OK, baked my first sourdough today and I'm pretty pleased with how it turned out. A few things I screwed up on:

1. Biggest mistake. Forgot to add salt to the dough. So it's pretty bland - but it's still tart like a sourdough should be.

2. I'll add more AP next time to try to get a looser crumb - I like bigger holes in my bread. Does anyone else have any good ideas on this? I've read AP helps, as does a wetter dough.

Overall, I'm happy with the spring I got and the look of the loaves. Any suggestions are certainly welcome.

Joe Fisher's picture

Playing with Pan de Campagne

July 9, 2006 - 5:06pm -- Joe Fisher

Here's today's work. I tried some new shapes, a couronne and a 3-strand braid. The recipe is a slightly modified version of Reinhart's Pan de Campagne. Instead of using a pate' fermentee, I used some of my rye sourdough starter, which I mixed with bread flour to make the same volume of pre-ferment.

They sure look nice! Can't wait to taste :)

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Mini Oven's picture

Wheat or Rye or Oat Starters

July 6, 2006 - 2:37am -- Mini Oven

Wheat or Rye or Oat starters

I used to believe that any sourdough starter could raise a variety of other grains in a recipe but I now believe each starter is specific to itself and it's pH. If you want a mixed starter, one for say wheat and rye, then combine two starters first, then feed with mixed flours.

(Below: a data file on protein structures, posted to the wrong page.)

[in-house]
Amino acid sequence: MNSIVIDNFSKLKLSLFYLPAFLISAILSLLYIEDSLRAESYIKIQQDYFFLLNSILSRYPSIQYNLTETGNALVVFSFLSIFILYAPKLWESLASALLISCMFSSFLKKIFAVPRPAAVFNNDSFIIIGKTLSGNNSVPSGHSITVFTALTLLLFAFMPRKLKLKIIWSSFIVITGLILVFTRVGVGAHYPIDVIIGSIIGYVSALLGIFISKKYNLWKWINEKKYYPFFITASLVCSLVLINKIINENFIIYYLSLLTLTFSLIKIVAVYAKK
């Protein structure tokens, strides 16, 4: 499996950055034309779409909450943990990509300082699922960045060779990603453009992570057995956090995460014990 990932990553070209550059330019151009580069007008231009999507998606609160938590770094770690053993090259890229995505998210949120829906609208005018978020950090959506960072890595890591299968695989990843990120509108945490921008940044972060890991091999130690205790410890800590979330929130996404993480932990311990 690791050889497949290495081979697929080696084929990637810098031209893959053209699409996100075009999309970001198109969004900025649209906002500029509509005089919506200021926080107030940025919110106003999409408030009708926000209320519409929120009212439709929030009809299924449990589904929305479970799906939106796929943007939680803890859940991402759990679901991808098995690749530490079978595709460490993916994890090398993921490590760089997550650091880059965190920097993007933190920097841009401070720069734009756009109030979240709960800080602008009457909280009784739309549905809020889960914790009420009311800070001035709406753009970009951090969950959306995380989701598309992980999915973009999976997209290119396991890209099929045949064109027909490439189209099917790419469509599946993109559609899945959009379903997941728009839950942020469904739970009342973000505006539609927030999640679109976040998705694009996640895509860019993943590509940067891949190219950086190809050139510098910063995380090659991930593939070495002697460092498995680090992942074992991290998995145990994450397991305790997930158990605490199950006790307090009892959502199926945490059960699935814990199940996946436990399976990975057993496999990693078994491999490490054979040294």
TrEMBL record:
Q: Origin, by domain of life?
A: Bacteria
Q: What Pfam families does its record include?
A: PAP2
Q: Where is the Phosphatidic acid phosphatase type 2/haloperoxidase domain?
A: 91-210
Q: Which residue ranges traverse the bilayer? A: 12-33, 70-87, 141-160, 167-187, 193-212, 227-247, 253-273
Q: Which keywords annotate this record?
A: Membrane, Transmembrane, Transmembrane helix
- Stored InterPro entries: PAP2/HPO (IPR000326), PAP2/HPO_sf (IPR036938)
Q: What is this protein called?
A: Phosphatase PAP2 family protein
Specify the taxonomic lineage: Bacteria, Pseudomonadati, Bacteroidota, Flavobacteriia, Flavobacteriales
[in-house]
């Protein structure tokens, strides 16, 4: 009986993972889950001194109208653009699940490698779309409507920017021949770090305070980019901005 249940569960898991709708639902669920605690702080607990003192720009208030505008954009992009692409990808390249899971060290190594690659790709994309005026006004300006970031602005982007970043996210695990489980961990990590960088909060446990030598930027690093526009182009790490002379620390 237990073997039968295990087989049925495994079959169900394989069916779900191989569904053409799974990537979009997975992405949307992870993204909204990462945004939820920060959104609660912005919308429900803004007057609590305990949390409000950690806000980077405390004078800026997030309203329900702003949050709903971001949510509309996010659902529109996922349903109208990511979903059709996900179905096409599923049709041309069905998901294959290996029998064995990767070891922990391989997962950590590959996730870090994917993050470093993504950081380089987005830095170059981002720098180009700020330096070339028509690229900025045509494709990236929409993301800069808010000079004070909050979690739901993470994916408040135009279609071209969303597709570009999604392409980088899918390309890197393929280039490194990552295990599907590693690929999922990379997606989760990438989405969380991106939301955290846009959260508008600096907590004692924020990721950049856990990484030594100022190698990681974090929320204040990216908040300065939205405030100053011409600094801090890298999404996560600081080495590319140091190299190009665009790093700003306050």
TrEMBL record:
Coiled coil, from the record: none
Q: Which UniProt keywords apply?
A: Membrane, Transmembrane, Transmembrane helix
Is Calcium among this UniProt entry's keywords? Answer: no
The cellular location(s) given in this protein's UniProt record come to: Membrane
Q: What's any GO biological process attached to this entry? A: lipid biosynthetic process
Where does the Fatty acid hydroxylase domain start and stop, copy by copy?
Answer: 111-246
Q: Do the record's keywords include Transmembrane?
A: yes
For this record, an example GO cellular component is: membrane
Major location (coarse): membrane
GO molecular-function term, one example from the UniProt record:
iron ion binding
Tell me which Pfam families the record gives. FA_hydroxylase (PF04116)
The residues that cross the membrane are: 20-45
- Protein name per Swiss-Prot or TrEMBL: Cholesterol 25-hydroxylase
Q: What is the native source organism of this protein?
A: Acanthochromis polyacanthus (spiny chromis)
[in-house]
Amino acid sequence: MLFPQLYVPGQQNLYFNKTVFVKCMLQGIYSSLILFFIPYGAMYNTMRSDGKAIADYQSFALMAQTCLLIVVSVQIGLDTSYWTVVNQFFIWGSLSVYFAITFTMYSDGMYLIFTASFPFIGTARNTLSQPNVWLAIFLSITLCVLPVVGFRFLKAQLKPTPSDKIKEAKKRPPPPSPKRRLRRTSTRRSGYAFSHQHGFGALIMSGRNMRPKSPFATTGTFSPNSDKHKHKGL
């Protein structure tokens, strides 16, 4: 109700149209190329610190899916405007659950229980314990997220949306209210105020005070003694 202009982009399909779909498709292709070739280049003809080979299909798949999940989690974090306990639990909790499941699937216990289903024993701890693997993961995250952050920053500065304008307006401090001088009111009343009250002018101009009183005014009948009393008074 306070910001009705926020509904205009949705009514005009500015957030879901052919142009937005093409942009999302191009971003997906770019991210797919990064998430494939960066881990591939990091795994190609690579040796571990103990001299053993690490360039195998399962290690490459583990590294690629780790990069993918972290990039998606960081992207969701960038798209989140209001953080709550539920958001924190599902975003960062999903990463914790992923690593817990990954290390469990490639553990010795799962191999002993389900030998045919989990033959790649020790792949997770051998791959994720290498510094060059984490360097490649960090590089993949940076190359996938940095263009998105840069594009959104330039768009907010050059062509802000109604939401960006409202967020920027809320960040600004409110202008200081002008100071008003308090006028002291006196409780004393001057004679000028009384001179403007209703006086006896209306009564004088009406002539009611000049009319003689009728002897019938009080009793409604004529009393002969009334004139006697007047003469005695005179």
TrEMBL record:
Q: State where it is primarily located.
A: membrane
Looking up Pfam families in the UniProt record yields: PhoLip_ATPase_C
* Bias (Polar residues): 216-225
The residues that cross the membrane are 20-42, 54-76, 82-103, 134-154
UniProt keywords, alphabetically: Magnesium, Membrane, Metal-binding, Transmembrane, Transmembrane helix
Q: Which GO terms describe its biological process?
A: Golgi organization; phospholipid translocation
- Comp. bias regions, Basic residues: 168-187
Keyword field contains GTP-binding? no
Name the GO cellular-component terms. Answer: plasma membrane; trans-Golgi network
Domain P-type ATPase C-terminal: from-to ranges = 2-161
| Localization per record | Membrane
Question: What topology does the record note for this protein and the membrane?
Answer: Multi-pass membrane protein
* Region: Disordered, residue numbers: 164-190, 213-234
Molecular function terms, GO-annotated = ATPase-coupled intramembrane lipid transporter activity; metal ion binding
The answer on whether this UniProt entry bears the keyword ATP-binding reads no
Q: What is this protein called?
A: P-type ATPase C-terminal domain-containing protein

I also think the liquid that forms on top of the starter is the "sour" and should be used. I poured it off once and noticed a big reduction in sour taste. :) Mini Oven

JMonkey's picture

Lesson: Squeeze more sour from your sourdough

July 2, 2006 - 9:43pm -- JMonkey

I am far from a sourdough expert. I’ve only been baking sourdough since February, and I still have a lot to learn about shaping, scoring and proofing to perfection.

However, there is one thing I have learned well: how to squeeze more flavor out of my naturally sweet starter. Here's the basic tips.

1) Keep the starter stiff
2) Spike your white starter with whole rye
3) Use starter that is well-fed
4) Keep the dough cool
5) Extend the rise by degassing
6) Proof the shaped loaves overnight in the fridge

Photos and elaboration follow.

Valerio's picture

In Search of The Lost Nuttiness

June 30, 2006 - 5:42pm -- Valerio

The first bread I baked after I fully developed my current starter was pretty much perfection for my taste: It was slightly sour, but more importantly it had a nutty taste that would linger in your palate for a long time.

That bread dough was developed following a variation of the basic BBA sourdough recipe, the variation being that I mixed and baked the dough the same day, a direct-from-starter dough. That should have produced a lesser result, instead it produced a wonderful loaf.

Alas that was the first and last time I got such wonderful taste. Since then using the same starter, flour and recipe did not produce that nuttiness I am after.

greenmother67's picture


June 30, 2006 - 2:32pm -- greenmother67

I need help, I have a lovely sourdough starter that has been going for about 6 years, My entire family is currently changing our lifestyle by incorporating more whole grains in our diet, cutting out the refined and processed foods, making smaller portion size and exercising. I REALLY dont want to get rid of my starter, we make homeade pizza dough and breads from it. I want to make it whole grain, how do I do this without getting flat bread or ruining my starter?